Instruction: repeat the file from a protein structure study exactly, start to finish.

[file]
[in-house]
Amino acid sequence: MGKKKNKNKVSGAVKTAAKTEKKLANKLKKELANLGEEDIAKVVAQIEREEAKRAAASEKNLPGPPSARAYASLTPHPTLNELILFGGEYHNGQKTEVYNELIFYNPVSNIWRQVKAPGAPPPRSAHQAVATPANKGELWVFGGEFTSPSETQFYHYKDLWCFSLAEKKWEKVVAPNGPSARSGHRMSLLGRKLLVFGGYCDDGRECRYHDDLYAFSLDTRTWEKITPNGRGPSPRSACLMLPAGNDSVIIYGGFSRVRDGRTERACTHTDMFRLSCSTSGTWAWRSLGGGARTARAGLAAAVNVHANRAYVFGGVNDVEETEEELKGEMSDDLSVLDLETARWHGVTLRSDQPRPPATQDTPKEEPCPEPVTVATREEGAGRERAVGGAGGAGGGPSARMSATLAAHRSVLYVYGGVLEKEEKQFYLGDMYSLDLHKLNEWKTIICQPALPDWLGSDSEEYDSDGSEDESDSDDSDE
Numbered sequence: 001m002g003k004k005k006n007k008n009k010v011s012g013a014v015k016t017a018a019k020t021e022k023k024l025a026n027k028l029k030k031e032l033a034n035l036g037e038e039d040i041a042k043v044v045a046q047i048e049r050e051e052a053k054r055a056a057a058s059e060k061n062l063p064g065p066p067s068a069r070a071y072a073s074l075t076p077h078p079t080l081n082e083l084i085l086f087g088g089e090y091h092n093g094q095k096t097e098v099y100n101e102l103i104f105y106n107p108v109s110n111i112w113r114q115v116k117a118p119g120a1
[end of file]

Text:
[in-house]
Amino acid sequence: MGKKKNKNKVSGAVKTAAKTEKKLANKLKKELANLGEEDIAKVVAQIEREEAKRAAASEKNLPGPPSARAYASLTPHPTLNELILFGGEYHNGQKTEVYNELIFYNPVSNIWRQVKAPGAPPPRSAHQAVATPANKGELWVFGGEFTSPSETQFYHYKDLWCFSLAEKKWEKVVAPNGPSARSGHRMSLLGRKLLVFGGYCDDGRECRYHDDLYAFSLDTRTWEKITPNGRGPSPRSACLMLPAGNDSVIIYGGFSRVRDGRTERACTHTDMFRLSCSTSGTWAWRSLGGGARTARAGLAAAVNVHANRAYVFGGVNDVEETEEELKGEMSDDLSVLDLETARWHGVTLRSDQPRPPATQDTPKEEPCPEPVTVATREEGAGRERAVGGAGGAGGGPSARMSATLAAHRSVLYVYGGVLEKEEKQFYLGDMYSLDLHKLNEWKTIICQPALPDWLGSDSEEYDSDGSEDESDSDDSDE
Numbered sequence: 001m002g003k004k005k006n007k008n009k010v011s012g013a014v015k016t017a018a019k020t021e022k023k024l025a026n027k028l029k030k031e032l033a034n035l036g037e038e039d040i041a042k043v044v045a046q047i048e049r050e051e052a053k054r055a056a057a058s059e060k061n062l063p064g065p066p067s068a069r070a071y072a073s074l075t076p077h078p079t080l081n082e083l084i085l086f087g088g089e090y091h092n093g094q095k096t097e098v099y100n101e102l103i104f105y106n107p108v109s110n111i112w113r114q115v116k117a118p119g120a1